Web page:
A certain Frank Hoefsmit, a Belgian from Antwerp residing in Manila, Philippine (according to his Facebook profile information) posted an aerial photo of Boracay Island on Facebook the other day showing the extent to which Boracay has been “developed” to attract even more tourists.
Boracay is a small island in the Philippines located approximately 315 km (196 mi) south of Manila and 2 km off the northwest tip of Panay Island in the Western Visayas region of the Philippines. Boracay Island and its beaches have received awards from numerous travel publications and agencies. The island comprises the barangays of Manoc-Manoc, Balabag, and Yapak in the municipality of Malay, in Aklan Province. The island is administered by the Philippine Tourism Authority and the provincial government of Aklan. Apart from its white sand beaches, Boracay is also famous for being one of the world’s top destinations for relaxation. It is also emerging among the top destinations for tranquility and nightlife.
White Beach, the main tourism beach, is about four kilometers long and is lined with resorts, hotels, lodging houses, restaurants, and other tourism-related businesses. In the central portion, for about two kilometers, there is a footpath known as the Beachfront Path separating the beach itself from the establishments located along it. North and south of the Beachfront Path, beachfront establishments do literally front along the beach itself. Several roads and paths connect the Beachfront Path with Boracay’s Main Road, a vehicular road which runs the length of the island. At the extreme northern end of White Beach, a footpath runs around the headland there and connects White Beach with Diniwid Beach.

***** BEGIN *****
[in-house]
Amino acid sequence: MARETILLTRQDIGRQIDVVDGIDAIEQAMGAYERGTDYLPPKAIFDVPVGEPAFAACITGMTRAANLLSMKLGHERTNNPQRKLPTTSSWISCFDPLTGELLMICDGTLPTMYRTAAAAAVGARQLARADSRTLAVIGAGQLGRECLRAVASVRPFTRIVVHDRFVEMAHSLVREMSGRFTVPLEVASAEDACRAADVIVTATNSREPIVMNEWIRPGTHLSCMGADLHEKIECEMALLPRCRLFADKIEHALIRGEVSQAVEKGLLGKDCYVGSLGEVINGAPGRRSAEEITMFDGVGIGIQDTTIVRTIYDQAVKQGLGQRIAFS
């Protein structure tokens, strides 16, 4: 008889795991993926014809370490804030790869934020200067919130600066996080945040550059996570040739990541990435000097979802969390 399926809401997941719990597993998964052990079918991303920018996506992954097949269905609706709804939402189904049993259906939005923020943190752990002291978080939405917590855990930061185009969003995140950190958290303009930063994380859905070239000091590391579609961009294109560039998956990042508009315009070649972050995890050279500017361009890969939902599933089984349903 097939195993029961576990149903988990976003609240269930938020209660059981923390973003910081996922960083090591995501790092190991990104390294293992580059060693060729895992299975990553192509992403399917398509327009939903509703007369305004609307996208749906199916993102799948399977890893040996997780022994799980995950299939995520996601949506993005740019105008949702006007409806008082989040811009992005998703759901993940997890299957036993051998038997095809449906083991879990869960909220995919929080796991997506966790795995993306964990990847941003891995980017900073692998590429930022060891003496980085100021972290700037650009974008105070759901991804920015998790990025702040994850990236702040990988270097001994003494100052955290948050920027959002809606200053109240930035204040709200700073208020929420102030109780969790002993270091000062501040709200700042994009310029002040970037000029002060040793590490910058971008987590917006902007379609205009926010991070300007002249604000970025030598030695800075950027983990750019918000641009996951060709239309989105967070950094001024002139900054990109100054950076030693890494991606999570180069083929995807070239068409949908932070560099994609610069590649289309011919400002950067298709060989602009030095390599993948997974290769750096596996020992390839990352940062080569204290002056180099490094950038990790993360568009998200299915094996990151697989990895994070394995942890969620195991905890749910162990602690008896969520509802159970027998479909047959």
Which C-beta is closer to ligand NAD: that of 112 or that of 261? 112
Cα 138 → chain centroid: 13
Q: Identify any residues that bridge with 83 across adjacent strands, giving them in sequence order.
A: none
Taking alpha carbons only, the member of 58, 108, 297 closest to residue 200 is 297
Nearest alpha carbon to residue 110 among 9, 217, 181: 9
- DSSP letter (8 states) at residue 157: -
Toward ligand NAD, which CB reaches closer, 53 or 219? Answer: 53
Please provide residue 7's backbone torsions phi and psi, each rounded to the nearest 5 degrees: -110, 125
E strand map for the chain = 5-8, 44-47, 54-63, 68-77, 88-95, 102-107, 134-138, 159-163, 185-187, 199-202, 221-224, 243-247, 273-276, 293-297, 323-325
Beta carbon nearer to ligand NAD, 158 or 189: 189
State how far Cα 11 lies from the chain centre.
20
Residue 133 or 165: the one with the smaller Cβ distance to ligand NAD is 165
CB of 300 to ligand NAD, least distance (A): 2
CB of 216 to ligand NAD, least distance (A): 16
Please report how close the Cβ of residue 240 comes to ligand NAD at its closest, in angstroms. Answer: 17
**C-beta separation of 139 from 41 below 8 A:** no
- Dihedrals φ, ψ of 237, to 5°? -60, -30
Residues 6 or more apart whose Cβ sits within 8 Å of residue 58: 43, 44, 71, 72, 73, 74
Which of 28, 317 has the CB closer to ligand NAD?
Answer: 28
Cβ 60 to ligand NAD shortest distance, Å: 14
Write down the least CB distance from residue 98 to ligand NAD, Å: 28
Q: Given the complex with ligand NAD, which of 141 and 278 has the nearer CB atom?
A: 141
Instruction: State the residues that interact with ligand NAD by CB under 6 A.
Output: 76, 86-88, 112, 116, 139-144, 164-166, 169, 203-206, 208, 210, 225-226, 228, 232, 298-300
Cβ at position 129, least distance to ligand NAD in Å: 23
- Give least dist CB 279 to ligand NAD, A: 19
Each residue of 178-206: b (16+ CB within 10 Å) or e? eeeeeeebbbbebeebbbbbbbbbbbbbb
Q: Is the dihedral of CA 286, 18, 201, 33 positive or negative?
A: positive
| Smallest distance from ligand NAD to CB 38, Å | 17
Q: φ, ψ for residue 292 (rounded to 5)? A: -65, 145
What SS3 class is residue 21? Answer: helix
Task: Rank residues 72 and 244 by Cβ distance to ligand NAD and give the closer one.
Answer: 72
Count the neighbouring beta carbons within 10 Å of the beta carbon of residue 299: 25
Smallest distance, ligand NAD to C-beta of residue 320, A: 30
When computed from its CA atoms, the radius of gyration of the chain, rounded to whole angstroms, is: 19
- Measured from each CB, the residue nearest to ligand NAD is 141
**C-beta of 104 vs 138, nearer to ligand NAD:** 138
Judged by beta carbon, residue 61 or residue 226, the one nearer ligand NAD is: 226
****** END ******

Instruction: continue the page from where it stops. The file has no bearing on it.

Once a pristine island, Boracay is now noted for overcrowding and over-development and may be on the way towards suffering the same fate as Baguio City, the other “summer capital” of the Philippines. Despite a 2006 ruling declaring Boracay state owned until 2016 to protect it from further degeneration and a 2012 moratorium issued by the Philippine government on building construction in its forested areas, no further progress around its preservation has been observed.
In 2013 a call was made by Sandiwa Heritage Foundation managing director Ricardo Ramos to President Benigno Simeon ‘BS’ Aquino III to do something before the Supreme Court ruling expires in 2016…
“The province of Aklan has progressed as can be seen in Kalibo and other towns. However, the inordinate construction of… establishments and the uncontrolled haphazard developments have led to the wanton deterioration of what was once a pristine paradise,” Ramos said, who suggests creating a presidential task force (composed of the DILG, DENR, DOH, DPWH and DOTC) to address problems confronting the Boracay Island Tourist Zone.
In any case, there are three more years before the state’s ownership of Boracay lapses – and the President can make it his lasting legacy to save Boracay from further degeneration by making it his priority to address sustainable development problems that threaten to turn the famed island into just one more overcrowded, overpopulated and polluted beach resort.
This was two years ago. It seems unlikely given the number of “distractions” President BS Aquino now faces that any further work on preserving the “World’s Best Beach” will materialise.
[NB: Parts of this article were lifted off Wikipedia.org and used in accordance with that site’s Creative Commons Attribution-Share Alike License consistent with the same license applied by Get Real Post to its content.]
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